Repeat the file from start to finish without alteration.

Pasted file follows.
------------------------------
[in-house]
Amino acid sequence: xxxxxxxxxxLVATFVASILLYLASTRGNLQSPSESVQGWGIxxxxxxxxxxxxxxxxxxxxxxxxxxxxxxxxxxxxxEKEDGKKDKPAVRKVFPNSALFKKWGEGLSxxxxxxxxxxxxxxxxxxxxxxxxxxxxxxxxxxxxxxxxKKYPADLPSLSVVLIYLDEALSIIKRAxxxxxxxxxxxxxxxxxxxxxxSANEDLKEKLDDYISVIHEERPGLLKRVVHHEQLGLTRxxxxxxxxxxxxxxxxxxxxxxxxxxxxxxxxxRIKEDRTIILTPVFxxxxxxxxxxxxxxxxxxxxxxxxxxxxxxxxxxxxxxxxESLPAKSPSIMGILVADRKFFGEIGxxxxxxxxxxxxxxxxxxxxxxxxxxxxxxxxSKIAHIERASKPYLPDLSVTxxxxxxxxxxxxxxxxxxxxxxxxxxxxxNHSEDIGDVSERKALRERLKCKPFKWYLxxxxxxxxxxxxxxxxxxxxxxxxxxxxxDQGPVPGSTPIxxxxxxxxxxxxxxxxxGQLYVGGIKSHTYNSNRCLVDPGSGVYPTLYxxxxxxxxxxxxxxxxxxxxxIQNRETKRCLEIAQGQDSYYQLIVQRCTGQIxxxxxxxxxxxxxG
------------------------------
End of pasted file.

[in-house]
Amino acid sequence: xxxxxxxxxxLVATFVASILLYLASTRGNLQSPSESVQGWGIxxxxxxxxxxxxxxxxxxxxxxxxxxxxxxxxxxxxxEKEDGKKDKPAVRKVFPNSALFKKWGEGLSxxxxxxxxxxxxxxxxxxxxxxxxxxxxxxxxxxxxxxxxKKYPADLPSLSVVLIYLDEALSIIKRAxxxxxxxxxxxxxxxxxxxxxxSANEDLKEKLDDYISVIHEERPGLLKRVVHHEQLGLTRxxxxxxxxxxxxxxxxxxxxxxxxxxxxxxxxxRIKEDRTIILTPVFxxxxxxxxxxxxxxxxxxxxxxxxxxxxxxxxxxxxxxxxESLPAKSPSIMGILVADRKFFGEIGxxxxxxxxxxxxxxxxxxxxxxxxxxxxxxxxSKIAHIERASKPYLPDLSVTxxxxxxxxxxxxxxxxxxxxxxxxxxxxxNHSEDIGDVSERKALRERLKCKPFKWYLxxxxxxxxxxxxxxxxxxxxxxxxxxxxxDQGPVPGSTPIxxxxxxxxxxxxxxxxxGQLYVGGIKSHTYNSNRCLVDPGSGVYPTLYxxxxxxxxxxxxxxxxxxxxxIQNRETKRCLEIAQGQDSYYQLIVQRCTGQIxxxxxxxxxxxxxG